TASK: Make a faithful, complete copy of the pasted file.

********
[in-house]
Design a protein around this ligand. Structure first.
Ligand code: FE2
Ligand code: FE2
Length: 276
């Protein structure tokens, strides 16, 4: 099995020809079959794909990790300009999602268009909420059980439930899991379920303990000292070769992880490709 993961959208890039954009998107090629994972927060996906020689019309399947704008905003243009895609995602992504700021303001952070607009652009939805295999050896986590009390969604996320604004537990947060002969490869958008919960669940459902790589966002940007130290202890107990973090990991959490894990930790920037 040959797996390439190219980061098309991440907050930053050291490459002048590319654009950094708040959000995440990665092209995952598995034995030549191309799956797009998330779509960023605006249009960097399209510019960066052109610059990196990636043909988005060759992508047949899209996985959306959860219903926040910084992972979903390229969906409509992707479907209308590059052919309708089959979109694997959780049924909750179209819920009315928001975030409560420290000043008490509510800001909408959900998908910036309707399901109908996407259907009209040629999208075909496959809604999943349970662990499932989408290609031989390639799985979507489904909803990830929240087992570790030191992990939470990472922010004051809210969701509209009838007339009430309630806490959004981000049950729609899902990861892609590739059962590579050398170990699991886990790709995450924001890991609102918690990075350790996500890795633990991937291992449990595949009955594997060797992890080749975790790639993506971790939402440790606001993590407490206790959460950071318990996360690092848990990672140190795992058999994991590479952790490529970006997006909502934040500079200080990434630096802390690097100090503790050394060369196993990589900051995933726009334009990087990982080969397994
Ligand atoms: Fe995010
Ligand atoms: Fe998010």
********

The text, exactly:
[in-house]
Design a protein around this ligand. Structure first.
Ligand code: FE2
Ligand code: FE2
Length: 276
């Protein structure tokens, strides 16, 4: 099995020809079959794909990790300009999602268009909420059980439930899991379920303990000292070769992880490709 993961959208890039954009998107090629994972927060996906020689019309399947704008905003243009895609995602992504700021303001952070607009652009939805295999050896986590009390969604996320604004537990947060002969490869958008919960669940459902790589966002940007130290202890107990973090990991959490894990930790920037 040959797996390439190219980061098309991440907050930053050291490459002048590319654009950094708040959000995440990665092209995952598995034995030549191309799956797009998330779509960023605006249009960097399209510019960066052109610059990196990636043909988005060759992508047949899209996985959306959860219903926040910084992972979903390229969906409509992707479907209308590059052919309708089959979109694997959780049924909750179209819920009315928001975030409560420290000043008490509510800001909408959900998908910036309707399901109908996407259907009209040629999208075909496959809604999943349970662990499932989408290609031989390639799985979507489904909803990830929240087992570790030191992990939470990472922010004051809210969701509209009838007339009430309630806490959004981000049950729609899902990861892609590739059962590579050398170990699991886990790709995450924001890991609102918690990075350790996500890795633990991937291992449990595949009955594997060797992890080749975790790639993506971790939402440790606001993590407490206790959460950071318990996360690092848990990672140190795992058999994991590479952790490529970006997006909502934040500079200080990434630096802390690097100090503790050394060369196993990589900051995933726009334009990087990982080969397994
Ligand atoms: Fe995010
Ligand atoms: Fe998010």